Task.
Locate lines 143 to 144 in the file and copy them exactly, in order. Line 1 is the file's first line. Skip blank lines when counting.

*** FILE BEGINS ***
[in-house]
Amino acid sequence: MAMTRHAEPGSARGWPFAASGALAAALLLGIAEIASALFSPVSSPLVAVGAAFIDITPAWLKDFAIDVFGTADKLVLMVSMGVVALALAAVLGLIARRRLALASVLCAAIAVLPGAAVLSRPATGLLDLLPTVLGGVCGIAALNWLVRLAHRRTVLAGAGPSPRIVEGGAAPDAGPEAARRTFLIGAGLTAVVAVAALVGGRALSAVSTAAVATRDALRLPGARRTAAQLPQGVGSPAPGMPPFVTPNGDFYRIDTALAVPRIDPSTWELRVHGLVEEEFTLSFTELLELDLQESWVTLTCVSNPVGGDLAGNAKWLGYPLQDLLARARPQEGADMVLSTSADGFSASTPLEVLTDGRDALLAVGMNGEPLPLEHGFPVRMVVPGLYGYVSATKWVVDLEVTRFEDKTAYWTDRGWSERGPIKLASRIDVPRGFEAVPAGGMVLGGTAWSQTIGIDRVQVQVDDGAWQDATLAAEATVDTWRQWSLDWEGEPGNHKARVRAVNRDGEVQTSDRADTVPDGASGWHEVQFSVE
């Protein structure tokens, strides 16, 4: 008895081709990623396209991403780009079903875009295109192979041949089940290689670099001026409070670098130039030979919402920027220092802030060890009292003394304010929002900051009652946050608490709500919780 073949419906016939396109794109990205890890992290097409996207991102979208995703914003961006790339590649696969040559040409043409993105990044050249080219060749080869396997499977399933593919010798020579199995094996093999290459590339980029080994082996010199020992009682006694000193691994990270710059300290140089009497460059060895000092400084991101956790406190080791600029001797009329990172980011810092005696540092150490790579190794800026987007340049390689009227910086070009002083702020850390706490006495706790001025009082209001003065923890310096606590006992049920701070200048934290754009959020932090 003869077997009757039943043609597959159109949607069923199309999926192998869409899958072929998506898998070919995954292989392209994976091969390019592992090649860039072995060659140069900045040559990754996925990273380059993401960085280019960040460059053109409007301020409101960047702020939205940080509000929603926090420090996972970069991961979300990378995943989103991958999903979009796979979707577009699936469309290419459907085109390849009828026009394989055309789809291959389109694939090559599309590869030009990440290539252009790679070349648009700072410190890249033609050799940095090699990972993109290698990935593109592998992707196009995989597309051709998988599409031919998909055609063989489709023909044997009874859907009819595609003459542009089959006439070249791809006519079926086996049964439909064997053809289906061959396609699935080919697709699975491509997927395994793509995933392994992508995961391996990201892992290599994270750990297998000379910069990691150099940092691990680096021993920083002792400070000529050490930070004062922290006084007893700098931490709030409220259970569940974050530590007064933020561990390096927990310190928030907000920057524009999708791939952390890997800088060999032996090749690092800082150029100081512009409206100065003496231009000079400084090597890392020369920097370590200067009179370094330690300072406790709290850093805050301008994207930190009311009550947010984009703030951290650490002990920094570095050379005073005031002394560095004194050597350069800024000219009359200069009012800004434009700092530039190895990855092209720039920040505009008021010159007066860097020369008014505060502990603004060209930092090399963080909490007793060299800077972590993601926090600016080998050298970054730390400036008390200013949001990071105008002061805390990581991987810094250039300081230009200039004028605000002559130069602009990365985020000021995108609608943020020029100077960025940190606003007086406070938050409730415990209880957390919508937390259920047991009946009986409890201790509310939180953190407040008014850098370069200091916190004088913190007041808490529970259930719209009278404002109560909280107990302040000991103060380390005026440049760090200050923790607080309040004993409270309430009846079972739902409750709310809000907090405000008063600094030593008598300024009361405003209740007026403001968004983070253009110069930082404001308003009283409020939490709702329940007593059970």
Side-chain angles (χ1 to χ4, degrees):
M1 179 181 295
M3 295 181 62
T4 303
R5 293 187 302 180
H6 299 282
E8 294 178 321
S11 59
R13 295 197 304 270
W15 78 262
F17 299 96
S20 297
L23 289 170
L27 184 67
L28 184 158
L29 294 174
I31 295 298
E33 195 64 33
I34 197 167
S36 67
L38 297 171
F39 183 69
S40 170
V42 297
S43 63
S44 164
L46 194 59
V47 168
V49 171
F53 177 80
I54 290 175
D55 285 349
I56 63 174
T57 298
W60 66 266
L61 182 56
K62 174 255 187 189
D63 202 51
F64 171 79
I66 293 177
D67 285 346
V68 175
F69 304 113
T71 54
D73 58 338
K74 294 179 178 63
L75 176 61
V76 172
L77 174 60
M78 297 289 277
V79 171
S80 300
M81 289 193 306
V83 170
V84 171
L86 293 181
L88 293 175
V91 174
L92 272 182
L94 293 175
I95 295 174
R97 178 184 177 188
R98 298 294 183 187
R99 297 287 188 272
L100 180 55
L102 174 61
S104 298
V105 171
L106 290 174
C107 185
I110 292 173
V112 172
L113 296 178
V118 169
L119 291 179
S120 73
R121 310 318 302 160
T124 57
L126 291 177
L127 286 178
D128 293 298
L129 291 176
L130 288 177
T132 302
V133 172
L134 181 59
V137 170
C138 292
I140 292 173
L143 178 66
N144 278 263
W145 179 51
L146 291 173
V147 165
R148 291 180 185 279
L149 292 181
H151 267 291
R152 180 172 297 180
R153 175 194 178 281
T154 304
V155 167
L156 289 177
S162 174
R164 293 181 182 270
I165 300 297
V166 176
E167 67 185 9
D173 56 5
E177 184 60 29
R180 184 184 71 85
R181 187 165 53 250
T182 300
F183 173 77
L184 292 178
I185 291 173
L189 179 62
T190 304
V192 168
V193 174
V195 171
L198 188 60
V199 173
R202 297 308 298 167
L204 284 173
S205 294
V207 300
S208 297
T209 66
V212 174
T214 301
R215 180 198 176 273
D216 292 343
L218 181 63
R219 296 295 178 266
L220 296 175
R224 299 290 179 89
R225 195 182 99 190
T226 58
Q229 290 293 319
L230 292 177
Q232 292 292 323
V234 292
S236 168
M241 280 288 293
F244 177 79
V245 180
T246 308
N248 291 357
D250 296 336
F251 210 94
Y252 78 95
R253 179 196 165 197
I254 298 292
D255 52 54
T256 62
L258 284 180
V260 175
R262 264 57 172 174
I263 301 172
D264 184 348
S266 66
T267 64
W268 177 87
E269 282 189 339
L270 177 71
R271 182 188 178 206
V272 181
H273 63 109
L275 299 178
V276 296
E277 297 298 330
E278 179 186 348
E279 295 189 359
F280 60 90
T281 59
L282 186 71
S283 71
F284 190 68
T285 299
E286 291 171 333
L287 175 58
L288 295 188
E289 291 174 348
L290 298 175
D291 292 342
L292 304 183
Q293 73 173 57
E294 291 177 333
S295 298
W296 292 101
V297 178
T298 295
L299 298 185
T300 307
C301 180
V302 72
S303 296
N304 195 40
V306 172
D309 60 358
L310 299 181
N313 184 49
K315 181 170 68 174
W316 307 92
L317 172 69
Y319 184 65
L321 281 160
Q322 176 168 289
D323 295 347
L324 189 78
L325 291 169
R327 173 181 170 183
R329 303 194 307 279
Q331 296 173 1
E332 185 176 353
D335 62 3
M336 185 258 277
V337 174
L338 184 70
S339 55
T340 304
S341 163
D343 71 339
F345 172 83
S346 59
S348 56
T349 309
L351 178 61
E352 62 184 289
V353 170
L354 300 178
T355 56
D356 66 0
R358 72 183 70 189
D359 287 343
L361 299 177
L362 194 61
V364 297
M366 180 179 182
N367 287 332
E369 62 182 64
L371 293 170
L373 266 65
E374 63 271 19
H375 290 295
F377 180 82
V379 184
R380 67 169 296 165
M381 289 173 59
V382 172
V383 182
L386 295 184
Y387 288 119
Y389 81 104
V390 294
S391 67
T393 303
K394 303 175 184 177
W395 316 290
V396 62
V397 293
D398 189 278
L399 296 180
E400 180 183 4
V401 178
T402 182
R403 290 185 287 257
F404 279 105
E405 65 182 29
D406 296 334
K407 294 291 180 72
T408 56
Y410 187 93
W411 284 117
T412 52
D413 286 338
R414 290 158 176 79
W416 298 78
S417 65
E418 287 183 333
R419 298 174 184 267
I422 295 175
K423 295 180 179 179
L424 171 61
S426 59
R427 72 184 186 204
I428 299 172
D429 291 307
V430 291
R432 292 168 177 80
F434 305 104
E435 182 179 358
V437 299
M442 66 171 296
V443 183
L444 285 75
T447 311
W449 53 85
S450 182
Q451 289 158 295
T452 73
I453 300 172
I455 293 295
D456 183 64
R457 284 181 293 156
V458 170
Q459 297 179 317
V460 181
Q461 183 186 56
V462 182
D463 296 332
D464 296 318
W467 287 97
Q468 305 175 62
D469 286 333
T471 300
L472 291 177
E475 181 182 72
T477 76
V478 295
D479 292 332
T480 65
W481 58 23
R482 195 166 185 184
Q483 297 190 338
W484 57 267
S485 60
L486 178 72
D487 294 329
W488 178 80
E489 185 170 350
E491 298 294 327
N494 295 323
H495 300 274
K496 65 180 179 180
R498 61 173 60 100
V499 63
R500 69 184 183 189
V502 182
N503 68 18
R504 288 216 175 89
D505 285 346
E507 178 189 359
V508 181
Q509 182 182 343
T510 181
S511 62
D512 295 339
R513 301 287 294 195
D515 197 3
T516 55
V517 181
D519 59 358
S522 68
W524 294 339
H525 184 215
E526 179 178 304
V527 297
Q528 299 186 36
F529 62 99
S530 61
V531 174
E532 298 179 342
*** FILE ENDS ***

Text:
L230 292 177
Q232 292 292 323